Canetti met James Joyce once, in Zurich in 1935, and rudeness, on Joyce’s part, ensued. The incident, of which he makes rather too much, occurred during a reading of his play, Komödie der Eitelkeit (“Comedy of Vanity”), a reading which fell disastrously flat—except in the eyes of its author. Of an earlier reading of the same play, when Werfel shouted, “This is unbearable,” and walked out, he remarks, “It is defeats of such catastrophic proportions that keep a writer alive.” He is a doughty fighter.
The larger and more intimate set pieces concern the novelists Broch and Musil, the conductor Hermann Scherchen, and—unequivocally affectionate in tenor—the sculptor Fritz Wotruba (on whom he has published a monograph), the composer Alban Berg, and one rather mysterious other. Canetti speaks of the indelible impressions people leave on him, no doubt as a result of his close and merciless scrutiny of them. These portrayals are undeniably brilliant, the creation of a novelist, a dramatist, as well as an unremitting observer. That there is a trace of something like resentment in his hero worship of Broch and Musil, and that elsewhere an incidental tinge of self-praise evinces itself, is understandable given the history of his reputation, its sluggish growth. That for the greater part of this period nothing of his had been published, and he had only manuscripts to show for himself in the small, richly creative world of Vienna, would have made him (as he said of Musil) touchy in his self-esteem.
Just as their conversation had become fascinating, Broch would announce, “I must go to Dr. Schaxl’s now.” That the man who had written The Sleepwalkers should break off to go and confide in a female analyst! “I was filled with consternation. I felt ashamed for him.” Looking back, Canetti admits, he can see the possibility that Broch was running away from his avalanche of words, “that he could not have borne a longer conversation with me and that was why he arranged to meet me just before his analysis.”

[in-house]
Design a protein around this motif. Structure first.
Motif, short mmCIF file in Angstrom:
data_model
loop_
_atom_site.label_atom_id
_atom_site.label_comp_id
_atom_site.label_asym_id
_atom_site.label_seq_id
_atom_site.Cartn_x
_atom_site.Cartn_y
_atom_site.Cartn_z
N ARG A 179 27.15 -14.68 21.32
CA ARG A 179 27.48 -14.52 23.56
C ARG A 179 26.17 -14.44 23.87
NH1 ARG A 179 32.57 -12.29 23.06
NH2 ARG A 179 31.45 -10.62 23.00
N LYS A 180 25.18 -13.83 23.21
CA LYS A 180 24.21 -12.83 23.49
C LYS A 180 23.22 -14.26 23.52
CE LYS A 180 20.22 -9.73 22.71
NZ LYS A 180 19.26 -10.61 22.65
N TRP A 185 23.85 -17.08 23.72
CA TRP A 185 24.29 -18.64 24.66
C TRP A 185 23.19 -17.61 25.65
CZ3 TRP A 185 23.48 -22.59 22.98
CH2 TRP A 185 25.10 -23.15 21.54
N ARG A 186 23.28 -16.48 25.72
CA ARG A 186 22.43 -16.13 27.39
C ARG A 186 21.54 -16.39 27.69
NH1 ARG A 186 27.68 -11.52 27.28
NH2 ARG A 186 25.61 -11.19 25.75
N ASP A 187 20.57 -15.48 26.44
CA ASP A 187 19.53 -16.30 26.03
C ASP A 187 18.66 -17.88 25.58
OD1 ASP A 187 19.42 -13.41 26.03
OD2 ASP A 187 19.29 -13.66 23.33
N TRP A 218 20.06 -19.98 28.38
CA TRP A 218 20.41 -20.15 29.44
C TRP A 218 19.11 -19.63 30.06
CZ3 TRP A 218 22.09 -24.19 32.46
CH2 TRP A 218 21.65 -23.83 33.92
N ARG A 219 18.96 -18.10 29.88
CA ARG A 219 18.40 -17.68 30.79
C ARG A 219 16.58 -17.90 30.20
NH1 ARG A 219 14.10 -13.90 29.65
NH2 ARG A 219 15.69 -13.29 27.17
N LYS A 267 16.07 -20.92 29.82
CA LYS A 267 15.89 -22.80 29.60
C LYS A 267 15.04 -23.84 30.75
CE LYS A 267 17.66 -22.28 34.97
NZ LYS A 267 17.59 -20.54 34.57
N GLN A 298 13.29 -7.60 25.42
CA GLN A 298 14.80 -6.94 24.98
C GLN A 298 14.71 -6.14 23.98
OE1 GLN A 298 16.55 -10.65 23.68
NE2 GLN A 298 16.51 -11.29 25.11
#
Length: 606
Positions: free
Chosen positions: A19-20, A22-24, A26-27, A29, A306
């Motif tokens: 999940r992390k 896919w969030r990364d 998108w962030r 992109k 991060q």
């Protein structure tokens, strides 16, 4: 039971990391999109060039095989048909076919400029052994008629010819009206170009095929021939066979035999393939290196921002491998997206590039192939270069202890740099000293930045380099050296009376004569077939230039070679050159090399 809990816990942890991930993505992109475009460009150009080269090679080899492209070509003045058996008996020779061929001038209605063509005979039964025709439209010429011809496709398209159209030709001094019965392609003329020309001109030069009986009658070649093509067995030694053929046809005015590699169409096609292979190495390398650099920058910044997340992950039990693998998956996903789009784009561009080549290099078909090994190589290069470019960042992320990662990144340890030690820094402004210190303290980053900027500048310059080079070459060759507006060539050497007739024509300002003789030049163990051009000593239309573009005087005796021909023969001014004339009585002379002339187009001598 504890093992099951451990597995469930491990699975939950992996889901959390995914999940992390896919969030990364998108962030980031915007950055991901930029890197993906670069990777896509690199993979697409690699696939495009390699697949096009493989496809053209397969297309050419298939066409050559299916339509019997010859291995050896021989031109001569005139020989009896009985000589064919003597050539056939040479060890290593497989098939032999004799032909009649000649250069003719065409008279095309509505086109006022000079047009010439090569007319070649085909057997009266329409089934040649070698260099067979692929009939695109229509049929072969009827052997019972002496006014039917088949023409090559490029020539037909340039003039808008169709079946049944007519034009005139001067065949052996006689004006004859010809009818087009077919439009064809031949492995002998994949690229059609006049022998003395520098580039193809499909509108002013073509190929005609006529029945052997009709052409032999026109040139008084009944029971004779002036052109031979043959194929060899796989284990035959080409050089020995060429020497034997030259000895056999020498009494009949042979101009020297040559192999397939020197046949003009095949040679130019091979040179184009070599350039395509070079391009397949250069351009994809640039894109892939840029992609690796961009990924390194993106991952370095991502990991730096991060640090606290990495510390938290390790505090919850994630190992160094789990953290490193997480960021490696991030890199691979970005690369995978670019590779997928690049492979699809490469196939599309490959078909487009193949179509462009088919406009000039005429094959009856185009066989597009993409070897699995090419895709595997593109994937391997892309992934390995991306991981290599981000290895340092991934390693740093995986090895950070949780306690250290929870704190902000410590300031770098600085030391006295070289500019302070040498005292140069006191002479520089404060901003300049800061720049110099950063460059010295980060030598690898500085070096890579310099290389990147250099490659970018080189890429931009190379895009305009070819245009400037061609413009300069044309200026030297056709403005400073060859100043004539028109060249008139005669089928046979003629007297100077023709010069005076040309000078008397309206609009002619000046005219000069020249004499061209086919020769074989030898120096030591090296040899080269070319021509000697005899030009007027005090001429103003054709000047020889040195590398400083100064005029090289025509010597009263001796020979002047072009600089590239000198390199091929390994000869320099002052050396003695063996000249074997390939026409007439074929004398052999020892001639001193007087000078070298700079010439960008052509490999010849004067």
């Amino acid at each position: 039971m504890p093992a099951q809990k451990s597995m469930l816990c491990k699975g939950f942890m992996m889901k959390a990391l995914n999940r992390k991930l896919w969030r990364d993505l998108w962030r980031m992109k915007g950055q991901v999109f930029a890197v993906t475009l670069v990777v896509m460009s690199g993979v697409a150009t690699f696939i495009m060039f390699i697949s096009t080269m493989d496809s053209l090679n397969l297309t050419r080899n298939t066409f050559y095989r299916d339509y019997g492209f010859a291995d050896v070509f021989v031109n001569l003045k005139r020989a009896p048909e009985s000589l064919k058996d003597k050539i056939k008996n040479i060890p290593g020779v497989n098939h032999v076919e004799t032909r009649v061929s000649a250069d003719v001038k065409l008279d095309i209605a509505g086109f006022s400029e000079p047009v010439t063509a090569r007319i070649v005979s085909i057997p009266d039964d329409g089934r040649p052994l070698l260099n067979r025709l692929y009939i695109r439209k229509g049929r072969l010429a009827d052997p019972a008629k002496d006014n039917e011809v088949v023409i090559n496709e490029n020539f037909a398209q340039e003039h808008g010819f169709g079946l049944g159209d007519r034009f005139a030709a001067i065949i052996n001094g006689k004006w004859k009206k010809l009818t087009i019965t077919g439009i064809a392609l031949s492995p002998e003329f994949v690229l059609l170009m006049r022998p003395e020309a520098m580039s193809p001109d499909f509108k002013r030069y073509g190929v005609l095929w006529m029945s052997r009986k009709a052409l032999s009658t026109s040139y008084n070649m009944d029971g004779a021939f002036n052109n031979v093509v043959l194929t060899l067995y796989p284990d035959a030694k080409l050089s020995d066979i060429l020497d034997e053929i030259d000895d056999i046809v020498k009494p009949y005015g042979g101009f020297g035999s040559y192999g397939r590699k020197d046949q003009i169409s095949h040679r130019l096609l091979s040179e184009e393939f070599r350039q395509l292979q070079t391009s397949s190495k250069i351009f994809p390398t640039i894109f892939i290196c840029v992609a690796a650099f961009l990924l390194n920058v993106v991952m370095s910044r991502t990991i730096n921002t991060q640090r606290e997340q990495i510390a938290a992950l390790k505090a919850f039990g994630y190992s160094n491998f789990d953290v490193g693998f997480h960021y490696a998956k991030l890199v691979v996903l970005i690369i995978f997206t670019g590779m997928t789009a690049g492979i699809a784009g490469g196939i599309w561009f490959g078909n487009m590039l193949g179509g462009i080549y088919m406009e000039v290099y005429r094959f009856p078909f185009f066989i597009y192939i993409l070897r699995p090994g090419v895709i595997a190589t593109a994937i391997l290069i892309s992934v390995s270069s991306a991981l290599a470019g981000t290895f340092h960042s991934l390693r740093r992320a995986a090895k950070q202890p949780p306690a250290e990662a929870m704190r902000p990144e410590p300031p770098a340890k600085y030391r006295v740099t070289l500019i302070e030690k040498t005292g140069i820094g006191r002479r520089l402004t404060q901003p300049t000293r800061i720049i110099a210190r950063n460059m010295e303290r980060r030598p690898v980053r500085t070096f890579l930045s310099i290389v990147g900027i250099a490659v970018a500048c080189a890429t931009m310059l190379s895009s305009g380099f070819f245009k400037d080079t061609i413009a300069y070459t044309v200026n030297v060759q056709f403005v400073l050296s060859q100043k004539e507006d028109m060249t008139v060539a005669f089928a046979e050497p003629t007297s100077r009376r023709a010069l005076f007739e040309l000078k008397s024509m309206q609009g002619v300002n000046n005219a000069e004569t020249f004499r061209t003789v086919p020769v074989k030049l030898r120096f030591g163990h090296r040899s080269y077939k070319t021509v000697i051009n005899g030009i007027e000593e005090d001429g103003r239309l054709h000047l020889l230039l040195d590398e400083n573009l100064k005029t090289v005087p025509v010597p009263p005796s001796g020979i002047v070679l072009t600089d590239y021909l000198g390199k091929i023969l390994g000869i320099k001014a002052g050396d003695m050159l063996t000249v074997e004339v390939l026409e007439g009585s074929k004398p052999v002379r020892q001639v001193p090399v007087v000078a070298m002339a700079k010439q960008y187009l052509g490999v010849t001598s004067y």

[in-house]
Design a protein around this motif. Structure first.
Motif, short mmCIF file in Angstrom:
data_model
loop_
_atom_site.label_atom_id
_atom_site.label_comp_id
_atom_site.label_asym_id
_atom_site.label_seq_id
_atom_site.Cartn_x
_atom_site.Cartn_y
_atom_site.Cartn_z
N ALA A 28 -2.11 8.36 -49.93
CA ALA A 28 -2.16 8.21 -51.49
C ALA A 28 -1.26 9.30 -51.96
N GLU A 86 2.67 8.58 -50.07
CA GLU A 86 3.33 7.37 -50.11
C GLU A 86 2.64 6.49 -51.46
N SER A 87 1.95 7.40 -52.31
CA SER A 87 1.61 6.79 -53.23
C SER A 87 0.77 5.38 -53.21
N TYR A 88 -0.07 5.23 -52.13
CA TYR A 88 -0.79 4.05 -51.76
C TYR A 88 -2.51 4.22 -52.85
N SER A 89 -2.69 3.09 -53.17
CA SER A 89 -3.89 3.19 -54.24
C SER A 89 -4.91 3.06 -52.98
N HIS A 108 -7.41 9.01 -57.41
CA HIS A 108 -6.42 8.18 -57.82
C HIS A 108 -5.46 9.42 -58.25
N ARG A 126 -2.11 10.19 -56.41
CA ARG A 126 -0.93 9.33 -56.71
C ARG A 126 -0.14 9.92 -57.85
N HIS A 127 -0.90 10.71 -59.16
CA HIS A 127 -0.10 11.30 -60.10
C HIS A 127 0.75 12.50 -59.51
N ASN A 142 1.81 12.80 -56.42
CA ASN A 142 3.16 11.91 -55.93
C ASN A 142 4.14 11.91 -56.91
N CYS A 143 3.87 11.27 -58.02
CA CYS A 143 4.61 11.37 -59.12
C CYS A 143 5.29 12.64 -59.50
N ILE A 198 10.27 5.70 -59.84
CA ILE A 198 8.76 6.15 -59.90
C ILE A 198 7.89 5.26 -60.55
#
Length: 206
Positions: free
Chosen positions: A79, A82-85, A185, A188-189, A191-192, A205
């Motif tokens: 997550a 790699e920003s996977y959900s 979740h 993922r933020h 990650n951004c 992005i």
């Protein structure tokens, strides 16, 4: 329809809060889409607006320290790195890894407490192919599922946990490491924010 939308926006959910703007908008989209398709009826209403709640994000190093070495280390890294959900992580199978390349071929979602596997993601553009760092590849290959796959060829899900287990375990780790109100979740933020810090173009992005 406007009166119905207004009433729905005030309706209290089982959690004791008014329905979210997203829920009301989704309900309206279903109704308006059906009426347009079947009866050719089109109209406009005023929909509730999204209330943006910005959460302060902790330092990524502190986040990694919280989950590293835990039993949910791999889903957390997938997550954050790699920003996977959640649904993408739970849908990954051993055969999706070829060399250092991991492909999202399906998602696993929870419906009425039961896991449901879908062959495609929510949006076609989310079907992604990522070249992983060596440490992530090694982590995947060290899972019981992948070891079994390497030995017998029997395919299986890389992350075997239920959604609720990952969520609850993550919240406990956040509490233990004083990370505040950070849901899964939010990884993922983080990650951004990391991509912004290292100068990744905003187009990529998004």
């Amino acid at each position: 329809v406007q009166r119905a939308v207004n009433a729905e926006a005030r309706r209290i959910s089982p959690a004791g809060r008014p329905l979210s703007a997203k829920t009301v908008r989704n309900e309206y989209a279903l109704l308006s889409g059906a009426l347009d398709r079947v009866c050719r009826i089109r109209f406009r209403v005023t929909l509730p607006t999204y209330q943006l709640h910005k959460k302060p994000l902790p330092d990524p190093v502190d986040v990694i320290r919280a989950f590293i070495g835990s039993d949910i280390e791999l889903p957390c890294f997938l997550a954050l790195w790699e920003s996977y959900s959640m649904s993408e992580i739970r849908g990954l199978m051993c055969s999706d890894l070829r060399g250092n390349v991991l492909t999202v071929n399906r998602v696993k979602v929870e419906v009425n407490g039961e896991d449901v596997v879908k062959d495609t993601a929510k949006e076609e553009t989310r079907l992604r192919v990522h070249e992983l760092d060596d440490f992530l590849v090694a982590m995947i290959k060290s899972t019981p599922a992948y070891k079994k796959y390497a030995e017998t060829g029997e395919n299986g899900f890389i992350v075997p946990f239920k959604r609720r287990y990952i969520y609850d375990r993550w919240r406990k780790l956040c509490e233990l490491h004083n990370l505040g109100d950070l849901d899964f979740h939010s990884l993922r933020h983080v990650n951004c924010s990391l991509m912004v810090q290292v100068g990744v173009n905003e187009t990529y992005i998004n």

Musil, who was “a man of solids and avoided liquids and gases” and who possessed “an unerring instinct for the inadequacy of the simple,” he worshiped as much as he worshiped Broch. Musil was competitive, and “his touchiness was merely a defense against murkiness and adulteration.” He wasn’t pleased in the least to be one of the much trumpeted and (in Canetti’s words) “odd triad,” Musil, Joyce, and Broch. When he heard that someone had spoken highly of The Man Without Qualities he would at once ask, “Whom else does he praise?”
In 1931 Canetti had sent the manuscript of Auto-da-Fé, in three heavy tomes, to Thomas Mann, who returned it with an apologetic note: he didn’t have the strength to read it. Somewhat cryptically, Canetti remarks here that Mann’s letter declining to read the manuscript “was probably not unjust, for he had not read the book.” But after its publication, four years later, he received a letter he had hoped for, making amends. Musil had launched into his own, and eagerly awaited, praise of the book when, excited and befuddled, Canetti interrupted to say that he had had a long letter from Thomas Mann. Musil’s face went gray. “Did you?” he said, and turned on his heel. (A case of “Who else has praised you?”) It was the end of their friendship. “He was a master of dismissal. He had ample practice. Once he had dismissed you, you stayed dismissed.” This is saddening to read; and, aware of Canetti’s own edginess, we can be forgiven for wondering whether it is true, the whole truth.